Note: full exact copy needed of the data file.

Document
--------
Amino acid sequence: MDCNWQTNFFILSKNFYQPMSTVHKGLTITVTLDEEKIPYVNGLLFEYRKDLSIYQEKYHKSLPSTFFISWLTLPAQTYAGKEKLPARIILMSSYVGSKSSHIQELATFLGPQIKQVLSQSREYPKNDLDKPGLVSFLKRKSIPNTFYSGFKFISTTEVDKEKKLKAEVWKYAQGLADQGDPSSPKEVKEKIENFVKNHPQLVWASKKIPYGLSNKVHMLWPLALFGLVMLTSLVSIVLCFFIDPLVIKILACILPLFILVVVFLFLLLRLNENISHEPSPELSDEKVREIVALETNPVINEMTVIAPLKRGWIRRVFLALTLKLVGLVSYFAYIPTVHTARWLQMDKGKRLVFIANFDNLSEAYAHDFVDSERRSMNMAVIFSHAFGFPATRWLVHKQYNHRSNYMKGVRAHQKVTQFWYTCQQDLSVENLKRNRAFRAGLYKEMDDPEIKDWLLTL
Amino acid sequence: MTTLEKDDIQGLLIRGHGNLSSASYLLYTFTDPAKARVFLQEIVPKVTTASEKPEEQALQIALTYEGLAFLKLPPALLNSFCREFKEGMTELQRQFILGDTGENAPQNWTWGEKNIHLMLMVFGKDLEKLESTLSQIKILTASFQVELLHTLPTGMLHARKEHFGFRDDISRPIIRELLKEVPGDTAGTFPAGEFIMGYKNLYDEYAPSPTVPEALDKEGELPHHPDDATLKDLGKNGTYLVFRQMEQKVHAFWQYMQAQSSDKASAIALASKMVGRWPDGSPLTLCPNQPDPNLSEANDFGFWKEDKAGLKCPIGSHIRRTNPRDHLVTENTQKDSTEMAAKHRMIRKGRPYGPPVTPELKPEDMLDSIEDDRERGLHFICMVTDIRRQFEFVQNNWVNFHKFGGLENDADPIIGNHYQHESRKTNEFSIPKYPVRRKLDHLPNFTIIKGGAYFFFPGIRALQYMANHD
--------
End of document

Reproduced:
Amino acid sequence: MDCNWQTNFFILSKNFYQPMSTVHKGLTITVTLDEEKIPYVNGLLFEYRKDLSIYQEKYHKSLPSTFFISWLTLPAQTYAGKEKLPARIILMSSYVGSKSSHIQELATFLGPQIKQVLSQSREYPKNDLDKPGLVSFLKRKSIPNTFYSGFKFISTTEVDKEKKLKAEVWKYAQGLADQGDPSSPKEVKEKIENFVKNHPQLVWASKKIPYGLSNKVHMLWPLALFGLVMLTSLVSIVLCFFIDPLVIKILACILPLFILVVVFLFLLLRLNENISHEPSPELSDEKVREIVALETNPVINEMTVIAPLKRGWIRRVFLALTLKLVGLVSYFAYIPTVHTARWLQMDKGKRLVFIANFDNLSEAYAHDFVDSERRSMNMAVIFSHAFGFPATRWLVHKQYNHRSNYMKGVRAHQKVTQFWYTCQQDLSVENLKRNRAFRAGLYKEMDDPEIKDWLLTL
Amino acid sequence: MTTLEKDDIQGLLIRGHGNLSSASYLLYTFTDPAKARVFLQEIVPKVTTASEKPEEQALQIALTYEGLAFLKLPPALLNSFCREFKEGMTELQRQFILGDTGENAPQNWTWGEKNIHLMLMVFGKDLEKLESTLSQIKILTASFQVELLHTLPTGMLHARKEHFGFRDDISRPIIRELLKEVPGDTAGTFPAGEFIMGYKNLYDEYAPSPTVPEALDKEGELPHHPDDATLKDLGKNGTYLVFRQMEQKVHAFWQYMQAQSSDKASAIALASKMVGRWPDGSPLTLCPNQPDPNLSEANDFGFWKEDKAGLKCPIGSHIRRTNPRDHLVTENTQKDSTEMAAKHRMIRKGRPYGPPVTPELKPEDMLDSIEDDRERGLHFICMVTDIRRQFEFVQNNWVNFHKFGGLENDADPIIGNHYQHESRKTNEFSIPKYPVRRKLDHLPNFTIIKGGAYFFFPGIRALQYMANHD